In What kind of country? he takes a clear, uncompromising look at the state of Britain in Mrs Thatcher’s third term. He examines a country where the economy is based upon individual greed, where the words like compassion and care appear to have been erased from political textbooks, and where unemployment, inner-city decay and cuts in government subsidies are all evidence of a deeper moral and spiritual bankruptcy.

What Kind of Country? challenges the orthodoxies of all political parties, and promotes an alternative which comes from neither Left nor Right. It transcends party politics in advocating a new society of justice, equality and freedom.

He questions the values of a country which is neither Christian nor civilized.

Unfortunately a full copy of this book is not available – however visit the link below for a full copy of many other books by David Alton.

David Alton – Published books

Faith in Britain

Faith in Britain

David Alton

Who can doubt that we are living in an increasingly materialistic society? How are Christians to respond?”

Questioning whether Britain can any longer be called a Christian nation, David Alton issues a timely challenge to Christians across the political spectrum:

what can be done now and in the future to reclaim our Christian heritage?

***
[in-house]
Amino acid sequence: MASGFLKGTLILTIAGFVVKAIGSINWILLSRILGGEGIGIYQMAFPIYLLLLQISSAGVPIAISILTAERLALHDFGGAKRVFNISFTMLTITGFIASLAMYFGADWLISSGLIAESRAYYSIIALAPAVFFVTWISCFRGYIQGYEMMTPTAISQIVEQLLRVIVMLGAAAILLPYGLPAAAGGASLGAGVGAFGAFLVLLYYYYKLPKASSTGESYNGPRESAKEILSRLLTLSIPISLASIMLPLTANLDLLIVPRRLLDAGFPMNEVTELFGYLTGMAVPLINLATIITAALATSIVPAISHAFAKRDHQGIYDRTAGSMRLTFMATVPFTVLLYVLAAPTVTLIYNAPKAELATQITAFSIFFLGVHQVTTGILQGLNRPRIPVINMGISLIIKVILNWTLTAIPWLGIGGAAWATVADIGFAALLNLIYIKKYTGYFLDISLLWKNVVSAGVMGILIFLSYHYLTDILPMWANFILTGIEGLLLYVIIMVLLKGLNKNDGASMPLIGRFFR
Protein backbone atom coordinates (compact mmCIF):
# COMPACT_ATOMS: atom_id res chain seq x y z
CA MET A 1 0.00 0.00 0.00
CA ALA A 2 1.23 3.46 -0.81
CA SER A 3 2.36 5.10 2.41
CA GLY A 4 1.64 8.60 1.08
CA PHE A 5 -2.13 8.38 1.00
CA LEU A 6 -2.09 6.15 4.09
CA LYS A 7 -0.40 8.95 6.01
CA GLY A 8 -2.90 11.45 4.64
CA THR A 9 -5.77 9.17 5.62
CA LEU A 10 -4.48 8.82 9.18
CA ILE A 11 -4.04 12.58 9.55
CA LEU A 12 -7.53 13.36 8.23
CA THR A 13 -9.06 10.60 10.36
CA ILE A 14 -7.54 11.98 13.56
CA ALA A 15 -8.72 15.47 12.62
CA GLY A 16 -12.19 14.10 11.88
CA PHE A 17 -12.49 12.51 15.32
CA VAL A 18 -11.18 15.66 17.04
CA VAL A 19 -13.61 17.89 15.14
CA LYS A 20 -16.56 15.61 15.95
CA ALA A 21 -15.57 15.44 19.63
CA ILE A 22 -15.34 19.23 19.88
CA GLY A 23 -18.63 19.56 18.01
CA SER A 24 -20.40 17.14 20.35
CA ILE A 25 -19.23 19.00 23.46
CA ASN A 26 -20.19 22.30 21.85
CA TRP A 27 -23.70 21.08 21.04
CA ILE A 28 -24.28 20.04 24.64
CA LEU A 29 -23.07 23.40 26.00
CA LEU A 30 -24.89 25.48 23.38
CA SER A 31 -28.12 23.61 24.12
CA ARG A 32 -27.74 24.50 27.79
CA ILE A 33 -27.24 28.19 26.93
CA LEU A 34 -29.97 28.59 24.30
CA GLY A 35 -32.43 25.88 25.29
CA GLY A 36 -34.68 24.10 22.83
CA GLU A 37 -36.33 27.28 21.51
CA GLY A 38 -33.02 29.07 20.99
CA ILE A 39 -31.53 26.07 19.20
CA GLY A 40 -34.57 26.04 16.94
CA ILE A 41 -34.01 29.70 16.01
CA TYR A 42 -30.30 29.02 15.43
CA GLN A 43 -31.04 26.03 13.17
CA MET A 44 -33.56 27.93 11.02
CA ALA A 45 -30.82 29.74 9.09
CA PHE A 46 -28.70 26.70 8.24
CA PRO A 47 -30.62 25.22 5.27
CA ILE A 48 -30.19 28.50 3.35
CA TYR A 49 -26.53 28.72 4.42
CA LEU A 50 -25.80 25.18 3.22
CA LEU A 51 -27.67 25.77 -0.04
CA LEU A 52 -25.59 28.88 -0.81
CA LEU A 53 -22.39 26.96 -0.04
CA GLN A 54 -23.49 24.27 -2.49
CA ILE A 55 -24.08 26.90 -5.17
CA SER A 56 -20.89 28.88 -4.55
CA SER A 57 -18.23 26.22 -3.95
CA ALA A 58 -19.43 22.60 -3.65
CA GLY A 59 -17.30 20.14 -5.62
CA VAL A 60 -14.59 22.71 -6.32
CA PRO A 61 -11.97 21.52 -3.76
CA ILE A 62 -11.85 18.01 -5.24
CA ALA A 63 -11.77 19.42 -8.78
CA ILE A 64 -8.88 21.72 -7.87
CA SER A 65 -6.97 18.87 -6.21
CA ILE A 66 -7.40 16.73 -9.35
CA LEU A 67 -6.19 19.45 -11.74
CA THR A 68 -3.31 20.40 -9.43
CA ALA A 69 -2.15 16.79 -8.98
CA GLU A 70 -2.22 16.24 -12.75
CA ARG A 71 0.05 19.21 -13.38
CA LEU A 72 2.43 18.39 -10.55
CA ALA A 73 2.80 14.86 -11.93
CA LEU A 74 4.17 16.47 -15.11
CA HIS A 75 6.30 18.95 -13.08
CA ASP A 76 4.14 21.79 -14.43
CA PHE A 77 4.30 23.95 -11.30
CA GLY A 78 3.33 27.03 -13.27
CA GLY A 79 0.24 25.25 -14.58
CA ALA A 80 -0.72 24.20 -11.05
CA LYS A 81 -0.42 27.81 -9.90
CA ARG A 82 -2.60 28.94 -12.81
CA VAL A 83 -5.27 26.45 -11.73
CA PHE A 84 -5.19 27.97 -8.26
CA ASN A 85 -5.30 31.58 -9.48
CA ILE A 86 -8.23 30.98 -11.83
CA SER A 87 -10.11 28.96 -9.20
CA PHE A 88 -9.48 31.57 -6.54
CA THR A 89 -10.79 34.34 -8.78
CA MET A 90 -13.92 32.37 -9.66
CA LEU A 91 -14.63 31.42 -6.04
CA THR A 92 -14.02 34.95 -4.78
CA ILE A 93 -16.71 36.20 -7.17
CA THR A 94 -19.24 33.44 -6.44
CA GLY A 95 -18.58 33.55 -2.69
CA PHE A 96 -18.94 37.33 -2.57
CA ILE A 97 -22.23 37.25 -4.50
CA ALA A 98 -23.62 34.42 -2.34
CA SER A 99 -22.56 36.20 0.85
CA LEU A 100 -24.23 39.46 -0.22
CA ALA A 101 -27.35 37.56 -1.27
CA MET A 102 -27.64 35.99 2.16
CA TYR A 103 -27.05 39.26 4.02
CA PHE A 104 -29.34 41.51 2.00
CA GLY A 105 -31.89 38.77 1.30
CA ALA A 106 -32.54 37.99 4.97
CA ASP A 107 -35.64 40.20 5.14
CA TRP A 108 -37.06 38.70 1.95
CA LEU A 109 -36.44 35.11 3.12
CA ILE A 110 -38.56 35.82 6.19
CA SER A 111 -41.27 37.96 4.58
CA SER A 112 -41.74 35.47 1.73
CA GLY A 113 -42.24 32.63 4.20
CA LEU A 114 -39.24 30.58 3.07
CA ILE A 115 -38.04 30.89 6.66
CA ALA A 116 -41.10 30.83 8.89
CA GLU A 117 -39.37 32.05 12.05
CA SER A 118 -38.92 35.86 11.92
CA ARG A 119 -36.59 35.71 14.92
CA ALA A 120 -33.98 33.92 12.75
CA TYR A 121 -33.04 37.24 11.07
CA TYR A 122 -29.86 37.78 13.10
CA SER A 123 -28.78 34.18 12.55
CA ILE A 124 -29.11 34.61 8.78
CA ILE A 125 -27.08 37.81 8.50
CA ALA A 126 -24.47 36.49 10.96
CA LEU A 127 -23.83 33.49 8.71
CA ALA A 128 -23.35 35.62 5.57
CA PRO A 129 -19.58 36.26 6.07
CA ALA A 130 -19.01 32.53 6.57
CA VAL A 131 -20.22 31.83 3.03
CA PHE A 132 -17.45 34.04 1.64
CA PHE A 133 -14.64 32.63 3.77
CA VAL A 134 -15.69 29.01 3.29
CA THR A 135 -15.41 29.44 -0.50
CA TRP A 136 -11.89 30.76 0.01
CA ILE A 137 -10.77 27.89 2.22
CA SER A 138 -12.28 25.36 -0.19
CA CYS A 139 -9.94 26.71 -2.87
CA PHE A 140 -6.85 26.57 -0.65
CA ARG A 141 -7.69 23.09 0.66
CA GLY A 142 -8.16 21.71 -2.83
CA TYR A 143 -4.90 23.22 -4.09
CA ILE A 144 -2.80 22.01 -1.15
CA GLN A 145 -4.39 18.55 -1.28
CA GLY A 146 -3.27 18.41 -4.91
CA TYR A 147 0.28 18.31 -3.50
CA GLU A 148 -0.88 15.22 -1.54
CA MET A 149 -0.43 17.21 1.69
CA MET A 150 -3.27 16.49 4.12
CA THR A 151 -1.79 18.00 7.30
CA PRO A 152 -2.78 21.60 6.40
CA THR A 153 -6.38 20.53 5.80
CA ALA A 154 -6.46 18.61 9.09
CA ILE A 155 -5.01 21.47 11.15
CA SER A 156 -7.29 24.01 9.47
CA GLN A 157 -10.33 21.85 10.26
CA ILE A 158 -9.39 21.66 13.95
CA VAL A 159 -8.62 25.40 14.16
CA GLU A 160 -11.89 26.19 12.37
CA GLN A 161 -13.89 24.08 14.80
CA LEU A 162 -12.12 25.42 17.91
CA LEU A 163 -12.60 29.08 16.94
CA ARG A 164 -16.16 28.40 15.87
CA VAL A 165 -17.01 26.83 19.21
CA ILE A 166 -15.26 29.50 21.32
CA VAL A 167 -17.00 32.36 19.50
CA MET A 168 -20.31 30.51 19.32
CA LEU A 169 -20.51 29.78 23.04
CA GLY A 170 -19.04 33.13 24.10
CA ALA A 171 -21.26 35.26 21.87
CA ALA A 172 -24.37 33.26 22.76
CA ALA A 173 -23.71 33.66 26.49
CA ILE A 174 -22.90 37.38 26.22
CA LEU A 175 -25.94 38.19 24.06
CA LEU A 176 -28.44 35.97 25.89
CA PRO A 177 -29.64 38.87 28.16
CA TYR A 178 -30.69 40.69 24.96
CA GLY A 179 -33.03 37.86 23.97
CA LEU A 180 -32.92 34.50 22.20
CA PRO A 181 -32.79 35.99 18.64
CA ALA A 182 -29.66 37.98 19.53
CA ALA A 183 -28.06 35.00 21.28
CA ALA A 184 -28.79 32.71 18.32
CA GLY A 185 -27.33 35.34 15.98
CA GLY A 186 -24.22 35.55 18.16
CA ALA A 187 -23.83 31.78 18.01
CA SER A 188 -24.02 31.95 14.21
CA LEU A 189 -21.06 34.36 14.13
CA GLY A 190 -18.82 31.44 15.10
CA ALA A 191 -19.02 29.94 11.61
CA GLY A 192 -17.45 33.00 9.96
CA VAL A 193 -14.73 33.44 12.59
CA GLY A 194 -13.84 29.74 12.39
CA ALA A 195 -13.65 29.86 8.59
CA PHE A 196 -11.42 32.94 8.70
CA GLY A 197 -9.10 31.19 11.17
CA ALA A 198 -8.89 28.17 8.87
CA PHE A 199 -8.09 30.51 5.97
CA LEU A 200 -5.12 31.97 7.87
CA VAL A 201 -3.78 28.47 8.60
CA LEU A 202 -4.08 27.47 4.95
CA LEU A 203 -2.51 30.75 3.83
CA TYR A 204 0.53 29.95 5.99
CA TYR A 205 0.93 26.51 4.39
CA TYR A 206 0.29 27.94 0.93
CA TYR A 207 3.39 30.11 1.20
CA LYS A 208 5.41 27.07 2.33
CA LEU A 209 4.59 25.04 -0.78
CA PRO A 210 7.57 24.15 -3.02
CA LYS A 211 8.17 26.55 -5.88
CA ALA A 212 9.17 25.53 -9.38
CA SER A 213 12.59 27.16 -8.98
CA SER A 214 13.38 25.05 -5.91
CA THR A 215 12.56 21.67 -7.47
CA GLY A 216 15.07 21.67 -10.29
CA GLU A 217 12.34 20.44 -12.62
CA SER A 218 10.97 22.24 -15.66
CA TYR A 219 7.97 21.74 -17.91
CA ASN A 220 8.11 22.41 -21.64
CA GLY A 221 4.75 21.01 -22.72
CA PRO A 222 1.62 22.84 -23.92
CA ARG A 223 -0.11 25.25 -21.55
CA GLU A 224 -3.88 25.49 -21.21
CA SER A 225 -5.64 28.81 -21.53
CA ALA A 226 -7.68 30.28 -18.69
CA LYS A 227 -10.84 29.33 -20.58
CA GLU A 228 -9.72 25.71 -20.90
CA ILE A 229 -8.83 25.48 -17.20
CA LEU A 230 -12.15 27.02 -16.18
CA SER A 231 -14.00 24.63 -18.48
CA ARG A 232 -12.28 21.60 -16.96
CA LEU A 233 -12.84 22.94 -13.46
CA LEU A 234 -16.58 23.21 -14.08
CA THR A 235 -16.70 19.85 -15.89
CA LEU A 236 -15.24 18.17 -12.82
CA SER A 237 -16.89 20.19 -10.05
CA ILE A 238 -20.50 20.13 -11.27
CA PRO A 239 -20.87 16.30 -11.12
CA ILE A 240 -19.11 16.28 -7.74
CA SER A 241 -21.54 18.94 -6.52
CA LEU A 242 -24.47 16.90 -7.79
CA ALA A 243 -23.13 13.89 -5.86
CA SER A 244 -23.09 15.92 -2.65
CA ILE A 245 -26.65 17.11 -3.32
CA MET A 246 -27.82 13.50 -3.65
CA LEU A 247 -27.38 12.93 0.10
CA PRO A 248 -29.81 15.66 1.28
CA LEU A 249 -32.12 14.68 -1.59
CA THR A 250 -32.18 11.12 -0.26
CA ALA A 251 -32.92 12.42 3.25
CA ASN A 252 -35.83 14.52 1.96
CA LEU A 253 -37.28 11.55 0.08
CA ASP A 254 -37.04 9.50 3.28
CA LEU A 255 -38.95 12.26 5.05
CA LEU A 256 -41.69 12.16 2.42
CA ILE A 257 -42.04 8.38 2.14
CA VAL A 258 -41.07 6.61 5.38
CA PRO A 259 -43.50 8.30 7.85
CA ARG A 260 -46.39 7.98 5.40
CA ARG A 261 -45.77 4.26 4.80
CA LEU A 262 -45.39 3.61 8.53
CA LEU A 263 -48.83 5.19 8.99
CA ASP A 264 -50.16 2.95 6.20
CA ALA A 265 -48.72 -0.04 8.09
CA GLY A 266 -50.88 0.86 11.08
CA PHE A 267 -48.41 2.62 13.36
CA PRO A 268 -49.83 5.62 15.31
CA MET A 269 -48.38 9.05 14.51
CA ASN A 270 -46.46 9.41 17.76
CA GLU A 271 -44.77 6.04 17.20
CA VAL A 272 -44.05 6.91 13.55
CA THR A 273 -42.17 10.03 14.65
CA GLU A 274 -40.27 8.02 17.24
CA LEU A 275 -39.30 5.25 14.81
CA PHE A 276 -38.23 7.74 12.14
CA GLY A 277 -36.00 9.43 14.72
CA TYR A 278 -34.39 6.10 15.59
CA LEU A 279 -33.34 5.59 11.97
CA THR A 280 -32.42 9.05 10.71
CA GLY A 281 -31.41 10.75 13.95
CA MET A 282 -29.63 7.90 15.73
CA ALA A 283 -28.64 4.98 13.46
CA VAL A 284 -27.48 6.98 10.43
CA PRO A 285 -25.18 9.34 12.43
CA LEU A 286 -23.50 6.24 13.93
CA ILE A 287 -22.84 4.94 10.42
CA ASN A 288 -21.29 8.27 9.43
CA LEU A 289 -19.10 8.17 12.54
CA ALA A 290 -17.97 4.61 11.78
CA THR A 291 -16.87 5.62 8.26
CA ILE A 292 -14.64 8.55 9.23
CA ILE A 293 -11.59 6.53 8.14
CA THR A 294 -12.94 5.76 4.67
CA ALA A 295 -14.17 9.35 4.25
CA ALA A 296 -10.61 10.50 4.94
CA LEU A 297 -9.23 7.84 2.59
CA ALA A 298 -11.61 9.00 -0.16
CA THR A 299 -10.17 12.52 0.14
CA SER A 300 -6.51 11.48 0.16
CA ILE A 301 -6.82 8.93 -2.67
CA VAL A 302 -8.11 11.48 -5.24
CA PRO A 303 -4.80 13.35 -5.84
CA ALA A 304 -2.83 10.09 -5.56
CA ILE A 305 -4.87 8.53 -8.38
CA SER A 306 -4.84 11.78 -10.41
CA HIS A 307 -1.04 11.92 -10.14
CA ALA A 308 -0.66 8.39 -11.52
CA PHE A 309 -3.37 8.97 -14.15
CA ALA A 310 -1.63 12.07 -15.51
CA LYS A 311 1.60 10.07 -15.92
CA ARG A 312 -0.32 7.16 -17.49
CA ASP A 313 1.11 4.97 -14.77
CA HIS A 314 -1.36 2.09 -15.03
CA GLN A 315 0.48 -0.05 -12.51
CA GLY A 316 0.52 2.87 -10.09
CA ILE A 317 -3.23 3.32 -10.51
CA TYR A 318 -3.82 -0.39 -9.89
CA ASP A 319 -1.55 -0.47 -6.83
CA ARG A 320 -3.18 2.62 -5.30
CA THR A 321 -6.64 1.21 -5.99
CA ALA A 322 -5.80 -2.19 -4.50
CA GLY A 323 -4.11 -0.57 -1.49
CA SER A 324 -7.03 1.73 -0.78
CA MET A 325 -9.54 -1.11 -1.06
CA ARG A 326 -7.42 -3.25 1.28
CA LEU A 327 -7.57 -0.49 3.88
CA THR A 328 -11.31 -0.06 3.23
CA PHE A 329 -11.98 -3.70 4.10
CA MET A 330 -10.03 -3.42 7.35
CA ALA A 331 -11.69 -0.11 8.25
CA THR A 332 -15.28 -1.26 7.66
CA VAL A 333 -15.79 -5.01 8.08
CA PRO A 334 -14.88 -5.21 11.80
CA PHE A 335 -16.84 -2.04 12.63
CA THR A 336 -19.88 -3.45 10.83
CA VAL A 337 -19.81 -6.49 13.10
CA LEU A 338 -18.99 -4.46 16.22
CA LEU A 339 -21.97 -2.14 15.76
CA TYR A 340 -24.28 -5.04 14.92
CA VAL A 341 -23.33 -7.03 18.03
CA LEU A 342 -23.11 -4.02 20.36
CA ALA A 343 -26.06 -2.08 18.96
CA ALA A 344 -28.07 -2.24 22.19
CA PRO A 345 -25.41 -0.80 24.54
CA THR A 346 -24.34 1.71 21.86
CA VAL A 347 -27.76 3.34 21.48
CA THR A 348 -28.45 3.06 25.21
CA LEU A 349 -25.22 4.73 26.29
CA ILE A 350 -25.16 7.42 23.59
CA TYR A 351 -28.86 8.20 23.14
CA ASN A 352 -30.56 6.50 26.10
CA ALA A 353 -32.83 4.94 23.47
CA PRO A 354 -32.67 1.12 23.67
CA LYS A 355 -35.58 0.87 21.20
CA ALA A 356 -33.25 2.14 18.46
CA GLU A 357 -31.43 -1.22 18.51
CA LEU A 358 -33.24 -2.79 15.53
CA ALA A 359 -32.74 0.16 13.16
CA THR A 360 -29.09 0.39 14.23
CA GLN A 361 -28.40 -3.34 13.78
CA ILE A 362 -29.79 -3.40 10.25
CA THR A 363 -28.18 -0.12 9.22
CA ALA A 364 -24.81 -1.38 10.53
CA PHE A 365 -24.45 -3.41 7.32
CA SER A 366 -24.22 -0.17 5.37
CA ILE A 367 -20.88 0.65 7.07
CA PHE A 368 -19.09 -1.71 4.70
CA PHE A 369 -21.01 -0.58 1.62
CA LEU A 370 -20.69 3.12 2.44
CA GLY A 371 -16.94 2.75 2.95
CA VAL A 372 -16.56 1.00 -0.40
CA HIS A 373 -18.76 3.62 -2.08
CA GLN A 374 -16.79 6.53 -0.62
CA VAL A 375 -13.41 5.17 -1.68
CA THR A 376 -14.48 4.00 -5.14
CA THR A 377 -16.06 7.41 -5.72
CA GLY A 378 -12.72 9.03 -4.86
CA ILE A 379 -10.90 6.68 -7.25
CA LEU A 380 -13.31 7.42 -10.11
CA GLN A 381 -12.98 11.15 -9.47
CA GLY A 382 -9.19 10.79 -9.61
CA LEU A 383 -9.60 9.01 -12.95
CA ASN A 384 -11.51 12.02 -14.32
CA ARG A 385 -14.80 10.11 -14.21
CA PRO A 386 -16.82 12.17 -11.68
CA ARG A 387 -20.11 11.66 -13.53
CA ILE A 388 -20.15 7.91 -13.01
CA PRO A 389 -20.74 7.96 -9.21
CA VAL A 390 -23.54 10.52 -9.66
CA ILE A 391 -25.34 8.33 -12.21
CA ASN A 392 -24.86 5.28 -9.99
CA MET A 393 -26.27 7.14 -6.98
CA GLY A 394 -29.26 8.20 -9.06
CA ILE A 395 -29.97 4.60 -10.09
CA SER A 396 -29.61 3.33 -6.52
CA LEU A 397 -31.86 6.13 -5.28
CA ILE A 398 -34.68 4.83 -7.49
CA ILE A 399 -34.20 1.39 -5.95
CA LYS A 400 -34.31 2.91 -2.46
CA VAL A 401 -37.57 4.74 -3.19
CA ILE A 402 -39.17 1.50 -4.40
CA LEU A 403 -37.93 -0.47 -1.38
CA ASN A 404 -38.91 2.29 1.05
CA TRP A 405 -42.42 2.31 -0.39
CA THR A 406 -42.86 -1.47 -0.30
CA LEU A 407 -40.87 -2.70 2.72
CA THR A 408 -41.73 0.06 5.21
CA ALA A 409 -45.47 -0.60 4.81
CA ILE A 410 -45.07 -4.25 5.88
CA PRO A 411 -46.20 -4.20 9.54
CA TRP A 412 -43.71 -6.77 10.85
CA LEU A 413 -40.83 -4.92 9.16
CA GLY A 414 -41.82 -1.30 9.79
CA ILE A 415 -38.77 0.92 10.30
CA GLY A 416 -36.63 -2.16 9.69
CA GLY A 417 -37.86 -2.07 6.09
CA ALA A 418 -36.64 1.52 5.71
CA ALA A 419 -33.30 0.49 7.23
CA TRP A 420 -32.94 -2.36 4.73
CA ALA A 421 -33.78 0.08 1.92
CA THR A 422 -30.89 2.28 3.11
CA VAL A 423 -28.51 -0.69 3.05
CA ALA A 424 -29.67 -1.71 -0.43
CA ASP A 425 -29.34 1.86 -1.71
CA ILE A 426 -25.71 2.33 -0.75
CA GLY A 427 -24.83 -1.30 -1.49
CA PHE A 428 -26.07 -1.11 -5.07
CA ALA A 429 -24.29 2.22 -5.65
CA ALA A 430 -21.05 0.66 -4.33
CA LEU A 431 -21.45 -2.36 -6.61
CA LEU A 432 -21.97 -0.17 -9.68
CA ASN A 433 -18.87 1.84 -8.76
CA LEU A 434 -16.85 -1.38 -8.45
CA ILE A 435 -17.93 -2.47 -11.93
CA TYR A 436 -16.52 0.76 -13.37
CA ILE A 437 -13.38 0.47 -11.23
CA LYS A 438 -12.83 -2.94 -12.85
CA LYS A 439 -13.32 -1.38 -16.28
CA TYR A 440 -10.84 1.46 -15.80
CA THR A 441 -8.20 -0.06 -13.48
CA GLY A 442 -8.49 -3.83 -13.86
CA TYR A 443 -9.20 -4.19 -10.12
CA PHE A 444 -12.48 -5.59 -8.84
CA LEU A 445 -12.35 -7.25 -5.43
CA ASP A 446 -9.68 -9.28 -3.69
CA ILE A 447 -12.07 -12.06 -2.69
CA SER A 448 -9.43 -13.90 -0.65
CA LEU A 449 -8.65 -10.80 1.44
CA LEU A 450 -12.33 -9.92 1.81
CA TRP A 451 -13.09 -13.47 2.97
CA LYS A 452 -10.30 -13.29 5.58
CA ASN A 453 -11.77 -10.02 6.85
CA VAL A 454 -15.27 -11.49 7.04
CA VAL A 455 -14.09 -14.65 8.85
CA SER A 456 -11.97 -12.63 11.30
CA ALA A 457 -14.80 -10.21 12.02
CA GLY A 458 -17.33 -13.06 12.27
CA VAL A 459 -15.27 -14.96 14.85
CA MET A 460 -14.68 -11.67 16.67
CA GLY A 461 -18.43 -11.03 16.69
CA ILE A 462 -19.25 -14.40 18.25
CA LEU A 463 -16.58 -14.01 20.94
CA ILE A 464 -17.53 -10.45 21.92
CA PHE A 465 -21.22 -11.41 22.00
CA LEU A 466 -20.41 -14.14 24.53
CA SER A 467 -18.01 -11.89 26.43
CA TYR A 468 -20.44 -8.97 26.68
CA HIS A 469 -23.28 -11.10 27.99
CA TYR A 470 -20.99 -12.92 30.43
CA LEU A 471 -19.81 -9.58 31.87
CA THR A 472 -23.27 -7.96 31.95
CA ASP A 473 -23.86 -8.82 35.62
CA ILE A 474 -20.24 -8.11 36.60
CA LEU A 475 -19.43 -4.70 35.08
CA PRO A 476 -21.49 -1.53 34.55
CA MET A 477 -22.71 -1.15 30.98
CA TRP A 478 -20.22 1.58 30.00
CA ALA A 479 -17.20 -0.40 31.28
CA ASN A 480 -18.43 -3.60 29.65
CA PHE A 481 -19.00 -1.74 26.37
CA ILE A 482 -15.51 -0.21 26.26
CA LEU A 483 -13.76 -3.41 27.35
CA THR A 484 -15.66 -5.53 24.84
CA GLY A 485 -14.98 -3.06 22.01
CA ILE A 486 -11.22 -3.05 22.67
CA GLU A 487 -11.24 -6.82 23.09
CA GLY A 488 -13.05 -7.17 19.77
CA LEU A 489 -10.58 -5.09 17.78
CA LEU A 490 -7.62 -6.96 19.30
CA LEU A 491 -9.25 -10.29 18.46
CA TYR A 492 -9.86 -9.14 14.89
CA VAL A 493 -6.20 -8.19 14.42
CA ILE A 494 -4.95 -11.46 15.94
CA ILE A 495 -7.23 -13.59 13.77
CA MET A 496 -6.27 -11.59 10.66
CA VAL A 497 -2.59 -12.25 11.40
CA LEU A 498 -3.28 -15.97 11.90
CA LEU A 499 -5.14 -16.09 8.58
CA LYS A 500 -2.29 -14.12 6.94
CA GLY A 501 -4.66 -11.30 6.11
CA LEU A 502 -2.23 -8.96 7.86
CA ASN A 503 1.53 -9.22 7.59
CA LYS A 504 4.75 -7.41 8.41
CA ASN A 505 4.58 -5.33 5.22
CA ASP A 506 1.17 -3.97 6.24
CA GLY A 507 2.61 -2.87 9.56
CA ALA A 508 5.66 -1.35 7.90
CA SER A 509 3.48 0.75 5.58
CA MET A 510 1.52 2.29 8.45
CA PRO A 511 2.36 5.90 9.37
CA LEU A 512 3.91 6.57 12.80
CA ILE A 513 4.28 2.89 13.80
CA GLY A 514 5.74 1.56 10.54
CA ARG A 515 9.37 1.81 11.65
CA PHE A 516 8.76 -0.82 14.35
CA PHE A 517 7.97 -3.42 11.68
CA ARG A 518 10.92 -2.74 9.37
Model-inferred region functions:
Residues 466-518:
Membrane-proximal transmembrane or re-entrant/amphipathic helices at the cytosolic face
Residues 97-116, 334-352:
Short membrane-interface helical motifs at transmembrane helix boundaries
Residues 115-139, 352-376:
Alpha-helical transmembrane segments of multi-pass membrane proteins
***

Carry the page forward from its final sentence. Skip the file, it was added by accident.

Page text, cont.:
One of the founders of the Movement for Christian Democracy, he devotes the core of his book to the movement’s foundational principles:

  1. Social justice
  2. Respect for Life
  3. Reconciliation
  4. Empowerment
  5. Active compassion and good Stewardship

At a time of great political and economic change, he argues, Christians need to grasp the new opportunities available, particularly in the light of closer ties with Europe where different examples of Christian democracy are already to be found.

“If not now, when?

If not us, who?”

For a full copy and many more books visit the link below:

Faith in Britain – David Alton

Whose choice Anyway?

Whose Choice Anyway? – The Right to Life
David Alton

AbortionHuman Life

Whose Choice Anyway? asks whether “the right to choose” can take priority over “the right to life”.

Liverpool MP David Alton led a nationwide campaign to end late abortions. On introducing his bill to Parliament, he affirmed that his principle objective was to challenge the attitudes and the climate which has led to 172,000 abortions a year.

Describing abortion as defeatist, he suggests radical alternatives based on more authentic human value.

Whose Choice Anyway? includes some of the 20,000 letters people have written to David Alton. These – and David Alton’s incisive commentary – provide a powerful close – up shot of the deep emotions aroused by the controversial Private Member’s Bill which has been placed before the House of Commons.   
Please visit the link below for the entire book and many others:

Whose choice anyway? – David Alton